POW Movements in Southeast Asia During WWII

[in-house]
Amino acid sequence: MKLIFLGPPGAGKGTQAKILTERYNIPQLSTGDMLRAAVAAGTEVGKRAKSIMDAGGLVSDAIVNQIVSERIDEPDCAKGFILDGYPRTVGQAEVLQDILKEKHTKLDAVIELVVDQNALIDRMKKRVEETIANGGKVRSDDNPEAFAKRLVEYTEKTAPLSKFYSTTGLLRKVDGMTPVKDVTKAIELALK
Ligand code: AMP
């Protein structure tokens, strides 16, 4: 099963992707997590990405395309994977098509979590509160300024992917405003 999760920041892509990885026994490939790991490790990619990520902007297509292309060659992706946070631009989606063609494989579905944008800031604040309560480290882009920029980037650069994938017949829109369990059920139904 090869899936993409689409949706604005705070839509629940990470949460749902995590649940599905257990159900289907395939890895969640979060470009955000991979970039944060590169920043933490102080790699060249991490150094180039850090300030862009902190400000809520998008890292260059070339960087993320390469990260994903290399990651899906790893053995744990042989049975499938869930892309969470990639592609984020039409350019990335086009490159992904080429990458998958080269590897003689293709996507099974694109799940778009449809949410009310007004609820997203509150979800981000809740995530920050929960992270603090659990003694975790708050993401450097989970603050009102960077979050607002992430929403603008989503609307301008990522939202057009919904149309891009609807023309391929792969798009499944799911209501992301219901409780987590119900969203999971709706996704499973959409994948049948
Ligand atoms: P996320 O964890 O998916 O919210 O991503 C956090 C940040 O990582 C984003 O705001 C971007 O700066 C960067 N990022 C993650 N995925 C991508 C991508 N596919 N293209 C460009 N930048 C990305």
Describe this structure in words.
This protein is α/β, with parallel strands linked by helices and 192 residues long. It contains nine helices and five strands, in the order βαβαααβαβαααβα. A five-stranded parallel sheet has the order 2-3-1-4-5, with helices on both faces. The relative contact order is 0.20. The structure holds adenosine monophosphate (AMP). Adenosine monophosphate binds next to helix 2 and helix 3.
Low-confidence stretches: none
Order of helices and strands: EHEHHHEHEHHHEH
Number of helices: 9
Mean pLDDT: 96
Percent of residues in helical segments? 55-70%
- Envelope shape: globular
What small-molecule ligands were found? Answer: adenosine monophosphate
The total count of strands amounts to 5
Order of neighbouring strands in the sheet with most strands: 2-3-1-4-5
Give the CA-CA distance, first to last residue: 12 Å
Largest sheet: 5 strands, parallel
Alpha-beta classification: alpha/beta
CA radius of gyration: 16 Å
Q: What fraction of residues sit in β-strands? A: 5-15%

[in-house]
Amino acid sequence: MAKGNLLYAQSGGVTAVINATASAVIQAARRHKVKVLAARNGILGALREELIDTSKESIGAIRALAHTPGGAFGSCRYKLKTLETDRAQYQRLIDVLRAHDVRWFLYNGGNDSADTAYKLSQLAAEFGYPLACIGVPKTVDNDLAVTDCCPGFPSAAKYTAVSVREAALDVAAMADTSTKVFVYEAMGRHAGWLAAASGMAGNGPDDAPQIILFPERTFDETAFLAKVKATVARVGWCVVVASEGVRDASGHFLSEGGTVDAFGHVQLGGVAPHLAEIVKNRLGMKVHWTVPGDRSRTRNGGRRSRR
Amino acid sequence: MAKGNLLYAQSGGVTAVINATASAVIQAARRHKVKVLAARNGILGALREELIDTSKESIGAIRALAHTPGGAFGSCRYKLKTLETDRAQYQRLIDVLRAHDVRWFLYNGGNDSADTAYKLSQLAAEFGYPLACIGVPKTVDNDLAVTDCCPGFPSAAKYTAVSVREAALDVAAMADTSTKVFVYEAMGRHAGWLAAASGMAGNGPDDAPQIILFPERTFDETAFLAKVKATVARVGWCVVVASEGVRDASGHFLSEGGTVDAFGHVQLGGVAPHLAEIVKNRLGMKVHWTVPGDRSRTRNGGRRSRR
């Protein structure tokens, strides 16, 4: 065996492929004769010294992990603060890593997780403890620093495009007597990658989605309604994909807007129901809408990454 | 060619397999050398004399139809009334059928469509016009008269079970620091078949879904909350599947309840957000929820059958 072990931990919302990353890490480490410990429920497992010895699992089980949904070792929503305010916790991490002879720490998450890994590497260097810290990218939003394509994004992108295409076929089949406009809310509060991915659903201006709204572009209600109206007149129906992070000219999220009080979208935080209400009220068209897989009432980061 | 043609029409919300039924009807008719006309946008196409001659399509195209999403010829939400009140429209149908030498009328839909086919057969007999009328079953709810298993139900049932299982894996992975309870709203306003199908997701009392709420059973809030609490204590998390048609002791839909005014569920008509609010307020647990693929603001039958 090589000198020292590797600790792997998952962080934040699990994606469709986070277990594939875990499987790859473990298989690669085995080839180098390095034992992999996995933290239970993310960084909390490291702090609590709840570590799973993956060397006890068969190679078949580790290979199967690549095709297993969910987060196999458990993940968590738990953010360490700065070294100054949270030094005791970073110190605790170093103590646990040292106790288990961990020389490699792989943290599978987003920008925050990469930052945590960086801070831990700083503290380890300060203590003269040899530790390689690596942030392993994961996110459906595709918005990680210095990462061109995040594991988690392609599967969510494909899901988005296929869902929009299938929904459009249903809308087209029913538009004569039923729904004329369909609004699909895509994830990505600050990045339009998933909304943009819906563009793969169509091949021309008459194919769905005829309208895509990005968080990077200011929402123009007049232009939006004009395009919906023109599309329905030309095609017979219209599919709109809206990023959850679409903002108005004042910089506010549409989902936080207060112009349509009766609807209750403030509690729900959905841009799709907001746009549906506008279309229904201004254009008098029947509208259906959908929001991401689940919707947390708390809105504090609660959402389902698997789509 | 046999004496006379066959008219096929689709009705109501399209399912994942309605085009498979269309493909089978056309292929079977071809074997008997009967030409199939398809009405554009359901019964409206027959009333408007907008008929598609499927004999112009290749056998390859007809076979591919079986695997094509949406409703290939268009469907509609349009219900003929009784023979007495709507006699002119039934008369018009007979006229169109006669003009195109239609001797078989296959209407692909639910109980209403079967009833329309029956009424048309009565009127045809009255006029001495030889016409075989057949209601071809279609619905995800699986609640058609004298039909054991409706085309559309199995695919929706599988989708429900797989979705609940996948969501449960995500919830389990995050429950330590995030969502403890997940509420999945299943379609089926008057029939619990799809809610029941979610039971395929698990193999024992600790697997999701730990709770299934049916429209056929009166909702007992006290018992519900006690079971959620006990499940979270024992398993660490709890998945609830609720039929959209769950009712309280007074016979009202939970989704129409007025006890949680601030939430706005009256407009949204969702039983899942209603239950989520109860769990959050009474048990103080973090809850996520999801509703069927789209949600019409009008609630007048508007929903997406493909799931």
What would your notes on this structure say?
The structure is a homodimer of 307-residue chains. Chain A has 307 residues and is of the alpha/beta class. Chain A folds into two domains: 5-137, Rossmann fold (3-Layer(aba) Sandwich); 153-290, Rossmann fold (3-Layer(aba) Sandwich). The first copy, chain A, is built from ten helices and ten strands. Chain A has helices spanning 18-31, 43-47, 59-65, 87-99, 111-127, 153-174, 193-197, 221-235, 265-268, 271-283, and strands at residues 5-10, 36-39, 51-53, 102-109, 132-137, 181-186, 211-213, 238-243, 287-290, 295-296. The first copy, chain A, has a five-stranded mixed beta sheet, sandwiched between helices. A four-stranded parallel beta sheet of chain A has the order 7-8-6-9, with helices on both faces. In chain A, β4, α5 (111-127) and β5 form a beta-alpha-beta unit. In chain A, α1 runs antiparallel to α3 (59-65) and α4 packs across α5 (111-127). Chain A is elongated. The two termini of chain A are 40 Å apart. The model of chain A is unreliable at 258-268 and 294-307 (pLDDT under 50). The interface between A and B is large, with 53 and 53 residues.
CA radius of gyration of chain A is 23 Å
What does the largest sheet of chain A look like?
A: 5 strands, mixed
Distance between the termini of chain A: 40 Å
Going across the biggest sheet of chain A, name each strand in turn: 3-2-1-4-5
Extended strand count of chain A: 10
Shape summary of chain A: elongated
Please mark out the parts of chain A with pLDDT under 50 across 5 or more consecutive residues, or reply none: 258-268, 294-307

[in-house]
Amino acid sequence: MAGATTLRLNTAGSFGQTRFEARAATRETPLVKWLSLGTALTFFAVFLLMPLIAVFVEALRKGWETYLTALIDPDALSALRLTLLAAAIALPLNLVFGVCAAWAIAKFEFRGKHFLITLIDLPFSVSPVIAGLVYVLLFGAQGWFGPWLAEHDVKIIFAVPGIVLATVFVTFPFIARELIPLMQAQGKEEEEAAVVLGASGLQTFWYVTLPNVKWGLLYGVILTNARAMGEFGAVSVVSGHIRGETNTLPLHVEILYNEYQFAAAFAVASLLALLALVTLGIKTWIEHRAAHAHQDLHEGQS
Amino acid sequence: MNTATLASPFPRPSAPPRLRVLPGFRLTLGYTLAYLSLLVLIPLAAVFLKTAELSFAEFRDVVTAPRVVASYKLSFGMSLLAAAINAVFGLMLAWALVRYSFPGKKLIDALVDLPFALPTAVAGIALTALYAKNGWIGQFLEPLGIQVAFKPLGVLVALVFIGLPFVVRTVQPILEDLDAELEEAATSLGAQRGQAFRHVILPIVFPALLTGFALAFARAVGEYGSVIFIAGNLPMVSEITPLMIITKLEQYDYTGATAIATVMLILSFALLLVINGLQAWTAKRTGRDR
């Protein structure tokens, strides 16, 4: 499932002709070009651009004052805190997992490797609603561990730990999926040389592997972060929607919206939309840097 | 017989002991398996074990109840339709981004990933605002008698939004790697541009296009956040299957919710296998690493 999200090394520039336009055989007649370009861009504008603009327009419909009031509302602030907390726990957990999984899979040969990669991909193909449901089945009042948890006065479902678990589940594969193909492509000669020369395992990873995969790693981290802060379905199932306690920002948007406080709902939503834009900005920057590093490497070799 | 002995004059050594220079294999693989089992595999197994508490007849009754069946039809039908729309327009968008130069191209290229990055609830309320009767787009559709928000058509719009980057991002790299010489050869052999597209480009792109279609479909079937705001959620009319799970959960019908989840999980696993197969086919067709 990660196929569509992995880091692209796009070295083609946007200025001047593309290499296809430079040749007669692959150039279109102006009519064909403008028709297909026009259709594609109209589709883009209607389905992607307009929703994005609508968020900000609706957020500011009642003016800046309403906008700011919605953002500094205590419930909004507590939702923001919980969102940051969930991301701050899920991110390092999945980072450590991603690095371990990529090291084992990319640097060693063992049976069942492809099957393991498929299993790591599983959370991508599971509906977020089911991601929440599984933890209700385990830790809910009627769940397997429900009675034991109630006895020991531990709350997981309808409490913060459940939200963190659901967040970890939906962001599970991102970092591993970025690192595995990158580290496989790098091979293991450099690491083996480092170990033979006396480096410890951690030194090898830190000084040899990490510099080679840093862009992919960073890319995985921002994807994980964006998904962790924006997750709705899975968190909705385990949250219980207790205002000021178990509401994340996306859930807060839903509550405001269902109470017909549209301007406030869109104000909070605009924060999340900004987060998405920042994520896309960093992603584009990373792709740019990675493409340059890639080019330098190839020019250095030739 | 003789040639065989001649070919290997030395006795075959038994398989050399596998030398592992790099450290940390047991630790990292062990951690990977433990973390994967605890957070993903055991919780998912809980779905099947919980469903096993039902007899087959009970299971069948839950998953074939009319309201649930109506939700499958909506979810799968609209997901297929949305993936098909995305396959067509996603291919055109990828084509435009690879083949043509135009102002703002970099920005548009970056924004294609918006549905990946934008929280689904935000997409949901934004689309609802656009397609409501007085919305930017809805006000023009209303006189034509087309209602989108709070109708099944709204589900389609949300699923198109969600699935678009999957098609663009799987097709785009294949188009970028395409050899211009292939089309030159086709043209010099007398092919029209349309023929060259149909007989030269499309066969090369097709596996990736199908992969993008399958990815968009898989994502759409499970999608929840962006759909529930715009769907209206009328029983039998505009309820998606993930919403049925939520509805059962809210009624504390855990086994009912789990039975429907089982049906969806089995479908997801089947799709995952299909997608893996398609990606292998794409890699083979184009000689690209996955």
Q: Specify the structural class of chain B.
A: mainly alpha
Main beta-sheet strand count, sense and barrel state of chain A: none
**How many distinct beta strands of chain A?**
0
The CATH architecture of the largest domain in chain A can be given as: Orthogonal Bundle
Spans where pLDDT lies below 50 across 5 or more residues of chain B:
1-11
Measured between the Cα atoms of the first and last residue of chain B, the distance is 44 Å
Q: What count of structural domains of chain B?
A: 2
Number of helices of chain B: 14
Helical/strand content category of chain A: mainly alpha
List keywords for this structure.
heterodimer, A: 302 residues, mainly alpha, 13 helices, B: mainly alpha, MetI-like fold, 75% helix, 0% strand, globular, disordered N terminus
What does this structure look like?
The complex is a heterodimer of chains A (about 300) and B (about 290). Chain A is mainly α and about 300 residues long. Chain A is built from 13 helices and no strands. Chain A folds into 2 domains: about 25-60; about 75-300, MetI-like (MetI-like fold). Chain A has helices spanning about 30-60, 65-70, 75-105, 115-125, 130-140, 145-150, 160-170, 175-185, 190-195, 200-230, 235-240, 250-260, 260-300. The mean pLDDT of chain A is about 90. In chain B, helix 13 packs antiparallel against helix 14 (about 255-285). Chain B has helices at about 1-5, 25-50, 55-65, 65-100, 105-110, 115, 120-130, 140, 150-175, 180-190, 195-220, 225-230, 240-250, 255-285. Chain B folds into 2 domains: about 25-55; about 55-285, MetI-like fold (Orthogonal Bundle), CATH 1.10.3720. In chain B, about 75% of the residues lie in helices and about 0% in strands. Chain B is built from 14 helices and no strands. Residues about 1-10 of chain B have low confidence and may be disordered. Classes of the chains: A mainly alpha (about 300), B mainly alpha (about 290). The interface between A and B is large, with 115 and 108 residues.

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During the Second World War, as the Japanese made use of the POWs as forced labor, the movement of individuals was an important part of meeting Japanese strategic needs.  This is illustrated in the movement of troops in and within Southeast Asia and also their movement to Japan to work in mines and other demanding positions.  The experiences of two such POWs, Bert Turner Salt and Fredrick Reginald Willis, both illustrate this extensive movement of individuals.  Salt was transported more than 5,000 miles during his time in captivity from February 16, 1942 to his liberation on August 15, 1945.  Willis traveled nearly a thousand more miles, having been taken captive in Batavia before being transported to Singapore, where Salt had been captured.  Willis was also in Japan, arriving in July 1943 after spending a year working on the Thai-Burma Railway as had Salt.  The map below roughly illustrates each man’s movements (also available here).

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